GRAND RAPIDS, Mich — Without a proper Estate Plan in place, a family would have to go thru Probate Court to make some of the most important decisions in the event a loved on is incapacitated. The problem is, Probate Courts for the most part are not running right now due to the Coronavirus. They're only running for emergency cases, according to Dan Borst of Michigan Law Firm Warner, Norcross and Judd, which means without an Estate Plan, families could be in limbo for a long time.
Borst explains that an Estate Plan is made up of three components, first the Will, which which divides assets and appoints guardianship of your minor children. The second facet is the Durable Power of Attorney, which is used to make financial decisions and pay your bills if you die or are incapacitated. The third part of the Estate Plan is the Patient Advocate Designation, which explains what care you receive and end of life decisions.
To have an attorney like Borst put together an Estate Plan would require two in-person visits under normal circumstances. The first visit would be to talk about and write up the orders, and the second visit would be for you to sign the documents in front of a third party witness, but with our state order to stay home, those in-person visits can't happen right now. Borst is hopeful that the governor will soon allow this important legal process to be done via video conference. "The rules are in place, under normal circumstances, so these documents are authentic, that we know they are what they claim to be. But we are hoping these rules are relaxed and that we would be able to verify that they are the documents in a video conference. The timing is unknown, but the governor is expected, or we are hopeful, that she would issue this Executive Order within the end of this week."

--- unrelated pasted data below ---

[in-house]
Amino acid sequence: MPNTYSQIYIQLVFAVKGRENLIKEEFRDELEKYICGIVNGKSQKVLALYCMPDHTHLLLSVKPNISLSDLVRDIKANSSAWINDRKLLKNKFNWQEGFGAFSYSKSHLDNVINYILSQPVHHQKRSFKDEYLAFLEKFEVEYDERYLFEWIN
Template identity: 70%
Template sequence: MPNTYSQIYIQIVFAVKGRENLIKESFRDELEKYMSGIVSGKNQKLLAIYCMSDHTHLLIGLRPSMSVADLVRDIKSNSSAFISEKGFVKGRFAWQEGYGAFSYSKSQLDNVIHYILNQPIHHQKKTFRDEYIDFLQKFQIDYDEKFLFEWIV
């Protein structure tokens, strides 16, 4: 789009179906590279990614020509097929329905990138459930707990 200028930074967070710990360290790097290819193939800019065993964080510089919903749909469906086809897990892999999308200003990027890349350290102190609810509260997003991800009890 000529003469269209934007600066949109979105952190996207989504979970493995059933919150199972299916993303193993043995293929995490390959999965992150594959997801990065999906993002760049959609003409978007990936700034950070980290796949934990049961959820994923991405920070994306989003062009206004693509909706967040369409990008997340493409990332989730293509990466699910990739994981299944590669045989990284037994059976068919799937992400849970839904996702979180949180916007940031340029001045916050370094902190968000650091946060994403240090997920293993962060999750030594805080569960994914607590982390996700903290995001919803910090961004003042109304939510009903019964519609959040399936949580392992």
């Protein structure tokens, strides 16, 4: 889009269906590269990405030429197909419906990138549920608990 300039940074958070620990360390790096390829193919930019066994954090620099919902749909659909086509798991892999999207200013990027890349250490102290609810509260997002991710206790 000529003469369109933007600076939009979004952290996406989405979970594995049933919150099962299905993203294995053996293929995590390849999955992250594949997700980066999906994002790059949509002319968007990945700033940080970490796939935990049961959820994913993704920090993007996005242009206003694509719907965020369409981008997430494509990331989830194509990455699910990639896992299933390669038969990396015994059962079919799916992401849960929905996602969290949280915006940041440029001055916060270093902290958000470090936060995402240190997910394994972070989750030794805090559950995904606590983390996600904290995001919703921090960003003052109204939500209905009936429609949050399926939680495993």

Borst says now is also a good time to speak with your family about your bills, how you pay them, where to find the online passwords, all of the important details so someone can jump in for you if necessary. If you are interested in having a Family Estate Plan drawn-up, Borst says you can expect to pay anywhere from $500 or $600, possibly up to $1,200 and maybe even $1,500 — depending on what firm you use.